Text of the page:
"The CIA is a lot different than Hollywood portrays it to be," reads an official explainer issued today by the Central Intelligence Agency — a thinly veiled attempt to continue debunking Zero Dark Thirty, the controversial Oscar favorite that its director admittedly hates. Referring to James Bond, the fictional MI6 agent, depictions of "shootouts and high speed chases," and scenes of "CIA officers chasing terrorists through the American heartland," the memo goes on to try and dispel an array of "myths" pertaining to the agency's operations, from its impact on foreign policy to its ability to spy on Americans. The effort follows a December 21 letter addressed to CIA employees from the agency's acting director, Michael Morrell, concerning the "artistic license" of Zero Dark Thirty. Today's release touches on the same themes: whether the CIA of our popular imagination corresponds to the CIA of reality, and how movies like Zero Dark Thirty (which isn't name-checked directly) blur the distinction between fact and fantasy. Should you believe the CIA's interpretation of Hollywood? We break down each agency claim with actual details from the movies — and Homeland, obviously.
Myth No. 1: "Everyone at the CIA is a spy"
CIA says: "These officers recruit people in foreign countries who have access to valuable information (spies), but the officers themselves are not spies."
Zero Dark Thirty says: Maya, the film's protagonist, is not depicted as a "spy," in the sense that she must go undercover for a long period of time. She does, once or twice, change her appearance in preparation for an interrogation, but that's not quite the same as, like, espionage.
Reality: OK, so not everyone at the CIA is a spy. That's fair. Still, "recruiting" a source in a foreign country seems to involve a degree of lying about one's identity. That doesn't make the recruiter a full-blown spy — they're not on an actual covert mission — but it does mean they're party to some form of secrecy.
Myth No. 2: "The CIA spies on US citizens"
CIA says: "The Federal Bureau of Investigation has the lead on intelligence matters in the United States, especially those directed against US citizens. However, the CIA and the FBI work together as needed to protect the interests of US national security."
Zero Dark Thirty Homeland says: The C.I.A. can and will spy on a Congressman if it thinks he's a legitimate terrorist threat.
Reality: The CIA's answer is silly. Their answer is, literally, "Well, we don't, but the FBI does!" The Senate extended the warrantless wiretapping program today. It does not matter which three-initial agency is able to spy — or is in fact spying, at this very moment! It matters if that spying is permissible in the first place.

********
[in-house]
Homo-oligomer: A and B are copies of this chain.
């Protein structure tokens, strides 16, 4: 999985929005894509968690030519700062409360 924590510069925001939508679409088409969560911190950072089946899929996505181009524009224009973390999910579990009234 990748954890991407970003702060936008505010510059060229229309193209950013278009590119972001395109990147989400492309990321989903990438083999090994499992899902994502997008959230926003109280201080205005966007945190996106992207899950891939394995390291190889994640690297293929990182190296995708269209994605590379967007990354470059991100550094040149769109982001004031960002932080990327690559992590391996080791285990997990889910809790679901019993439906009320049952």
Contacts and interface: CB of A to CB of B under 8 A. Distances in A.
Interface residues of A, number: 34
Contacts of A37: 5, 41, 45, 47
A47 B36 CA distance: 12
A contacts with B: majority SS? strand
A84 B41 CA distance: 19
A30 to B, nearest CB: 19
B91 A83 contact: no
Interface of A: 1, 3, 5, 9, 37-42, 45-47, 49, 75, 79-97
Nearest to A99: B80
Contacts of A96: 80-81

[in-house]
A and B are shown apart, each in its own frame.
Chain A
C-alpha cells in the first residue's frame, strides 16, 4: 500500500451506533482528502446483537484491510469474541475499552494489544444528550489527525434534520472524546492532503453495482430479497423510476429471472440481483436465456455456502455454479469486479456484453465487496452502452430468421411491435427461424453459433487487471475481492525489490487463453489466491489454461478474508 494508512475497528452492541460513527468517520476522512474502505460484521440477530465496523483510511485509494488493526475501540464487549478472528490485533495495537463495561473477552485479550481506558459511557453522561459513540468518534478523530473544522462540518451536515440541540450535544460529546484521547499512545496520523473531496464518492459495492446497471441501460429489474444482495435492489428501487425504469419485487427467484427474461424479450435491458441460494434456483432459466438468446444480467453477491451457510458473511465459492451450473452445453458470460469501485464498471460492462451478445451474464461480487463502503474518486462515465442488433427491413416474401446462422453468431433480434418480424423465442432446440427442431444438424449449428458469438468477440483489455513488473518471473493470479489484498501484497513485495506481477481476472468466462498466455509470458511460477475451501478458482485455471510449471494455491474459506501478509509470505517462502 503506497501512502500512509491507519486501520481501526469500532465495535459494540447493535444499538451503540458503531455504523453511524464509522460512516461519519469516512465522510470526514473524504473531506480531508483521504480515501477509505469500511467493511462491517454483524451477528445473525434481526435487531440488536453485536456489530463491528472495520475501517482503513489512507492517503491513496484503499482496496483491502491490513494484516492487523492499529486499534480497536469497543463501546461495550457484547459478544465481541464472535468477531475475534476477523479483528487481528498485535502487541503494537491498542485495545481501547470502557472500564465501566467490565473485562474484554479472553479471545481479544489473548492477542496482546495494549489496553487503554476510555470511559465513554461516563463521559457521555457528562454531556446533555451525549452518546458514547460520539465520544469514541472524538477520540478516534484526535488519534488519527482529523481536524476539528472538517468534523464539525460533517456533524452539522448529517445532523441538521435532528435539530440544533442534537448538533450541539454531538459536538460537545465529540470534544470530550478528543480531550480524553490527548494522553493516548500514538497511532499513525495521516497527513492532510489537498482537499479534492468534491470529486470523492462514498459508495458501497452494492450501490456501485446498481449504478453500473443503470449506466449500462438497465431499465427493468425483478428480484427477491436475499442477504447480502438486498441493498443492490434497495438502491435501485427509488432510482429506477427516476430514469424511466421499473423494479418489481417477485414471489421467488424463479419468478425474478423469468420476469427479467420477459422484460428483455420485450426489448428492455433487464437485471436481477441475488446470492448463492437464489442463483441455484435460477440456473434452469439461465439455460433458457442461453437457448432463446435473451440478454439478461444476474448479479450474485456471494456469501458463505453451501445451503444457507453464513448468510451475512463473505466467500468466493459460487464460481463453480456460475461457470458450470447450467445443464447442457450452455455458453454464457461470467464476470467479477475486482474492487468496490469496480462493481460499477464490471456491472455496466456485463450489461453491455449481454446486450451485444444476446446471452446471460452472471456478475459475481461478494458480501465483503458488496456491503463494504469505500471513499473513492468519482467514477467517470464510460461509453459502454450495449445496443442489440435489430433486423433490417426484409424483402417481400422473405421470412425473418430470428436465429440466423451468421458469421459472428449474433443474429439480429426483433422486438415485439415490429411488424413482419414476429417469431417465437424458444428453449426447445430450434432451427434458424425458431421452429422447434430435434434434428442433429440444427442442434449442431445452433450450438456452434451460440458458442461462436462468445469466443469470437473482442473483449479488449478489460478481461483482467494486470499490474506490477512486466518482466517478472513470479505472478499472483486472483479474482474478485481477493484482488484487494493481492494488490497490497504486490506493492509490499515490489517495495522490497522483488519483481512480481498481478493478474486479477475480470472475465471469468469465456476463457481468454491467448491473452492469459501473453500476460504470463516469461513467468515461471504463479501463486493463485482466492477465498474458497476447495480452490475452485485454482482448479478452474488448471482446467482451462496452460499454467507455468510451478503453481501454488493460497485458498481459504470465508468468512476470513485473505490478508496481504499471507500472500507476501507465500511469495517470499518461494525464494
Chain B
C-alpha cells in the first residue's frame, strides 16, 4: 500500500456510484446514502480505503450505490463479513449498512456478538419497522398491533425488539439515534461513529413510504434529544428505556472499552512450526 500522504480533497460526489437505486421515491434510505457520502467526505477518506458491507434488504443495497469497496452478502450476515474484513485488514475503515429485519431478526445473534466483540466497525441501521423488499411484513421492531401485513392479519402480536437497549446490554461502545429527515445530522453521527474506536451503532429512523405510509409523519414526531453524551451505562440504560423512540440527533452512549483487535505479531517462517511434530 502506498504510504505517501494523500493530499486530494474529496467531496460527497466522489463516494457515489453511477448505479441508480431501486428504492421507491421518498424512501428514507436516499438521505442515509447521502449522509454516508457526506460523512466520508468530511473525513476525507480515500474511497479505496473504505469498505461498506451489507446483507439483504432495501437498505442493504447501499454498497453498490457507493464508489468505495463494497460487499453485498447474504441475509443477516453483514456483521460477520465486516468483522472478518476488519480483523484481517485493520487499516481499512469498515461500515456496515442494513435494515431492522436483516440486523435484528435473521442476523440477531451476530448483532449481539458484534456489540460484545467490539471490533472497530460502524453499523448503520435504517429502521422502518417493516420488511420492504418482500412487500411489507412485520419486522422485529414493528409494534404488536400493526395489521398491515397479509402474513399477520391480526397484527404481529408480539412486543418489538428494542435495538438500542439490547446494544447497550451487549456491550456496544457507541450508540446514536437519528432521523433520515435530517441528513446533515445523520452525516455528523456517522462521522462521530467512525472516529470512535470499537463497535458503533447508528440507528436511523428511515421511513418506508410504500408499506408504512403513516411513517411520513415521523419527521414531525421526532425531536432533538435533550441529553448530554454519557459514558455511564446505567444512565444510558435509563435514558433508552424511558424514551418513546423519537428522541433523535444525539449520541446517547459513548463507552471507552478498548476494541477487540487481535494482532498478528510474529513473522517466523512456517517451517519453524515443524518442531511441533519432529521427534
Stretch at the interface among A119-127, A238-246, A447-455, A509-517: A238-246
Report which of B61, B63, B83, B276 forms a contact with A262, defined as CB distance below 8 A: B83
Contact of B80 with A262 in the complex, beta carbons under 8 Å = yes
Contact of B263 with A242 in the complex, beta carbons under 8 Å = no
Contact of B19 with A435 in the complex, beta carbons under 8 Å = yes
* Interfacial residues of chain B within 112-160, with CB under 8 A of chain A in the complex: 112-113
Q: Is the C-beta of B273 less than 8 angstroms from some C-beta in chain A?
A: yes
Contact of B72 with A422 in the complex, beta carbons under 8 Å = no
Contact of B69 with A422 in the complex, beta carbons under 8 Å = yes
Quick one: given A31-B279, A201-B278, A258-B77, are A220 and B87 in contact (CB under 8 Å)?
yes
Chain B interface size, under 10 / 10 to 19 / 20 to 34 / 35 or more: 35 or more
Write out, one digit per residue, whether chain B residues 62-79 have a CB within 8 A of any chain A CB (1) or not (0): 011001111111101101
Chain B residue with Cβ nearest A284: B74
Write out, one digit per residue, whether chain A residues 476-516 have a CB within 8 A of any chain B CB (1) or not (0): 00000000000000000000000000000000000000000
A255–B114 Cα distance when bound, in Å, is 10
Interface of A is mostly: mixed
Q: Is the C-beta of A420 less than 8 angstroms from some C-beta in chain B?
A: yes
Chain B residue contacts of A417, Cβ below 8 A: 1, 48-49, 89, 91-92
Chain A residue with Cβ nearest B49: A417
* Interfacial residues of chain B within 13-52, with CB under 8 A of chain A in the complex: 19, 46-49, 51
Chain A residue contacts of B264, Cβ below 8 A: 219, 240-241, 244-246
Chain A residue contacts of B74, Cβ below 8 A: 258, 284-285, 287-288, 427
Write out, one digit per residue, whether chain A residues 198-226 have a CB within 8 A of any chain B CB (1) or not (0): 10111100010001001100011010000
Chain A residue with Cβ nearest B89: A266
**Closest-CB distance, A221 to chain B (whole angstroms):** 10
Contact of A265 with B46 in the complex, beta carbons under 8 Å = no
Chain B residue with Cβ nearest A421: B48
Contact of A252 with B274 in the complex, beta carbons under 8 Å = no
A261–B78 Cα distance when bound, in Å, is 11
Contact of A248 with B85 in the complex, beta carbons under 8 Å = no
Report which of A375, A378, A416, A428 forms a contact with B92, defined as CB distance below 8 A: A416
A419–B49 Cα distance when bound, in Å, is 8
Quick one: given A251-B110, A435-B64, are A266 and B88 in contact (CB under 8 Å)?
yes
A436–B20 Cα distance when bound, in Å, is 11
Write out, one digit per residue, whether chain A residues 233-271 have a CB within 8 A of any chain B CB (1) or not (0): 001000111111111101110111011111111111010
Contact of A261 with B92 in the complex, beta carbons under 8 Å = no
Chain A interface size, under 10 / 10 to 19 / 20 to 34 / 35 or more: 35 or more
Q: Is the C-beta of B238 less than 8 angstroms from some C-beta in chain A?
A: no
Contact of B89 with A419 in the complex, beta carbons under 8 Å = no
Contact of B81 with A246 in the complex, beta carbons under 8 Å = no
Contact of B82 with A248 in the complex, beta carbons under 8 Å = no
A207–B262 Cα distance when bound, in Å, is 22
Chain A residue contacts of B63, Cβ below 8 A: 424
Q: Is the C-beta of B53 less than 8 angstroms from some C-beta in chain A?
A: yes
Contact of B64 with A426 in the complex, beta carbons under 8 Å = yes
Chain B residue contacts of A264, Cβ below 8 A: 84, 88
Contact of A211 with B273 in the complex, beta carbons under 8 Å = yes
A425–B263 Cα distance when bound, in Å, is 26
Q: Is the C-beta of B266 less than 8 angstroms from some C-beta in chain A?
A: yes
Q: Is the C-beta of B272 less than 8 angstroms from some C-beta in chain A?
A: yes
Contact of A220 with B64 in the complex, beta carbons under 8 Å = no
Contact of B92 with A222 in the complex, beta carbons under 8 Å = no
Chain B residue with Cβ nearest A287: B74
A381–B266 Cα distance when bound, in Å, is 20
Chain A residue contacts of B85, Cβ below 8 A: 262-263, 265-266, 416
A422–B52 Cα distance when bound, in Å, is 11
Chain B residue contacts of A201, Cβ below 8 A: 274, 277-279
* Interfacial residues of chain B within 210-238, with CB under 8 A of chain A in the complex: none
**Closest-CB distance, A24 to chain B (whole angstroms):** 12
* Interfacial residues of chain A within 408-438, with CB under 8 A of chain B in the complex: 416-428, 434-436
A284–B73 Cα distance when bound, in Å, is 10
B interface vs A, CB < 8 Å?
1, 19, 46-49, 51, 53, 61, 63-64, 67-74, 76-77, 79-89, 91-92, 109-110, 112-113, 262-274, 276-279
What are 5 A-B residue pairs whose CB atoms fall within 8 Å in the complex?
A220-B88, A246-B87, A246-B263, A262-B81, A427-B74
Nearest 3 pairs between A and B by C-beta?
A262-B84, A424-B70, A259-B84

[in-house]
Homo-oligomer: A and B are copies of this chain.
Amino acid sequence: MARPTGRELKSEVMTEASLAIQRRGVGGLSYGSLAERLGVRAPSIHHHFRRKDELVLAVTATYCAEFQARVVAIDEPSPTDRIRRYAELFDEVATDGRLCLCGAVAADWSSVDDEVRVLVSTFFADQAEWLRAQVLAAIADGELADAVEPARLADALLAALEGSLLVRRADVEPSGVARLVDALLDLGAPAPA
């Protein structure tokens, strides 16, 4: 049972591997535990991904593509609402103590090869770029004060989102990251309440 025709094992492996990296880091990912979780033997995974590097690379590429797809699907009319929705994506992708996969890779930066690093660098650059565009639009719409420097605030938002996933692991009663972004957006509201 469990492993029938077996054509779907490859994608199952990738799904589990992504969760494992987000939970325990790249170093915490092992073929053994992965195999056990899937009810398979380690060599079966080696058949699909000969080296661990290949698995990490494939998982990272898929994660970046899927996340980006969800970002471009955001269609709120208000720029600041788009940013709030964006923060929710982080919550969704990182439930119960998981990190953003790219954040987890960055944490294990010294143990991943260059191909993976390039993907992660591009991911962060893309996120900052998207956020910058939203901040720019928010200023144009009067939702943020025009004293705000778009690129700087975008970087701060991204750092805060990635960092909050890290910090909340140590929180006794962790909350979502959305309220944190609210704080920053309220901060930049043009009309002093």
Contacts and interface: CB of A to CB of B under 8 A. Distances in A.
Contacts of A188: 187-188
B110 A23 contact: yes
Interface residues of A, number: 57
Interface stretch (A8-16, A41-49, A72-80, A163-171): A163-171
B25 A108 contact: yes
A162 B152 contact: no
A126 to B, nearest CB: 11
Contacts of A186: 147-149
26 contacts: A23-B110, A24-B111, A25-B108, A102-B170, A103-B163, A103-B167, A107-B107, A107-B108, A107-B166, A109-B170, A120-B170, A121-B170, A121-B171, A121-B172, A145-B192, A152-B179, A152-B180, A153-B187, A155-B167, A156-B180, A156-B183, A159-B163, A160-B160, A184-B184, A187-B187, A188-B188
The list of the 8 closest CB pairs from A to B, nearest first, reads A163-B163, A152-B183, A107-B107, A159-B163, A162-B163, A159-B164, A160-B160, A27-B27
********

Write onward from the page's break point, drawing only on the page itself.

Myth No. 3: "The CIA is above the law"
CIA says: "The National Security Act of 1947 and multiple Executive Orders provide the authority for CIA activities. The CIA reports to two Congressional oversight committees ... which ensure that the Agency operates legally and within the scope of its charter."
Zero Dark Thirty says: Using "enhanced interrogation techniques" — e.g., waterboarding, which simulates drowning — the CIA obtained information that led to the capture of Osama bin Laden.
Reality: The CIA isn't said to have waterboarded anyone since March 2003. And as Scott Shane reported in The New York Times, a new classified Senate report concludes that brutal interrogation was not "a central component" in capturing bin Laden. And much of the CIA's operations remain classified, which many of the film's critics (not the movie kind) will no doubt remind you.
Myth No. 4: "The CIA arrests people who break the law"
CIA says: "The CIA, unlike the FBI, has no law enforcement authority. The Agency’s mission is foreign intelligence collection and analysis."
Zero Dark Thirty says: True. The biggest "law enforcement" aspect of the ffilm is the killing of Osama bin Laden, which was handled by a team of Navy SEALS.
Reality: Yup. Myth vanquished! The CIA can't handcuff anyone.
Myth No. 5: "The CIA makes foreign policy"
CIA says: "The CIA informs foreign policy. It works with other members of the Intelligence Community to produce objective analysis on intelligence issues. The president and policymakers make all US policy decisions, not the CIA."
Zero Dark Thirty says: The film features a number of heated, frustrating scenes in which Maya (the CIA agent) and her colleagues try to convince policymakers to go ahead with the mission.
Reality: This one's tricky. Is organizing intelligence and presenting it to policymakers "making" foreign policy? No. But it's not just "informing" it either. Best to say the agency influences (or attempts to influence) foreign policy.
This article is from the archive of our partner The Wire.
We want to hear what you think about this article. Submit a letter to the editor or write to firstname.lastname@example.org.